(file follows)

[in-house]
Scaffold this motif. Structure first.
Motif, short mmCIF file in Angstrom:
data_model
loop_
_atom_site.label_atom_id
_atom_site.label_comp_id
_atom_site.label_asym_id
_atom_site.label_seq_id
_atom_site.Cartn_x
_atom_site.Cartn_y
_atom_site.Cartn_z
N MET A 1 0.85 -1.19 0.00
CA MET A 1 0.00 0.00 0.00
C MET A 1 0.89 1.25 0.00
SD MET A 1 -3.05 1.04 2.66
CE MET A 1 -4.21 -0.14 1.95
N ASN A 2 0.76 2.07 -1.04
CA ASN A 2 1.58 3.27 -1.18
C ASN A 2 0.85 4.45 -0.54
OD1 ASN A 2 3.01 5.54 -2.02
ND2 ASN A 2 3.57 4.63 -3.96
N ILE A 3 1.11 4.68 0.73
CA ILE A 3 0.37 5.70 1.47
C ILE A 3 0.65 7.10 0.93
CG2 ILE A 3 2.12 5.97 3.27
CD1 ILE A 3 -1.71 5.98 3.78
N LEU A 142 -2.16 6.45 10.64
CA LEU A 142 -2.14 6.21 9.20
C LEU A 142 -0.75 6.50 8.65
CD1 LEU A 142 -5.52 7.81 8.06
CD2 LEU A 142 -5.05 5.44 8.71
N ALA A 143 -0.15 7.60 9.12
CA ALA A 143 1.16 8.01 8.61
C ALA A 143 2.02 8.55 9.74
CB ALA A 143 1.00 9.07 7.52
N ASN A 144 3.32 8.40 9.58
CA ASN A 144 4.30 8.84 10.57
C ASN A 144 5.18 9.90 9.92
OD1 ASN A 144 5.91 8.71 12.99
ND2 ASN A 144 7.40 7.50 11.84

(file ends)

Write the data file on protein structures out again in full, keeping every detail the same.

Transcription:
[in-house]
Scaffold this motif. Structure first.
Motif, short mmCIF file in Angstrom:
data_model
loop_
_atom_site.label_atom_id
_atom_site.label_comp_id
_atom_site.label_asym_id
_atom_site.label_seq_id
_atom_site.Cartn_x
_atom_site.Cartn_y
_atom_site.Cartn_z
N MET A 1 0.85 -1.19 0.00
CA MET A 1 0.00 0.00 0.00
C MET A 1 0.89 1.25 0.00
SD MET A 1 -3.05 1.04 2.66
CE MET A 1 -4.21 -0.14 1.95
N ASN A 2 0.76 2.07 -1.04
CA ASN A 2 1.58 3.27 -1.18
C ASN A 2 0.85 4.45 -0.54
OD1 ASN A 2 3.01 5.54 -2.02
ND2 ASN A 2 3.57 4.63 -3.96
N ILE A 3 1.11 4.68 0.73
CA ILE A 3 0.37 5.70 1.47
C ILE A 3 0.65 7.10 0.93
CG2 ILE A 3 2.12 5.97 3.27
CD1 ILE A 3 -1.71 5.98 3.78
N LEU A 142 -2.16 6.45 10.64
CA LEU A 142 -2.14 6.21 9.20
C LEU A 142 -0.75 6.50 8.65
CD1 LEU A 142 -5.52 7.81 8.06
CD2 LEU A 142 -5.05 5.44 8.71
N ALA A 143 -0.15 7.60 9.12
CA ALA A 143 1.16 8.01 8.61
C ALA A 143 2.02 8.55 9.74
CB ALA A 143 1.00 9.07 7.52
N ASN A 144 3.32 8.40 9.58
CA ASN A 144 4.30 8.84 10.57
C ASN A 144 5.18 9.90 9.92
OD1 ASN A 144 5.91 8.71 12.99
ND2 ASN A 144 7.40 7.50 11.84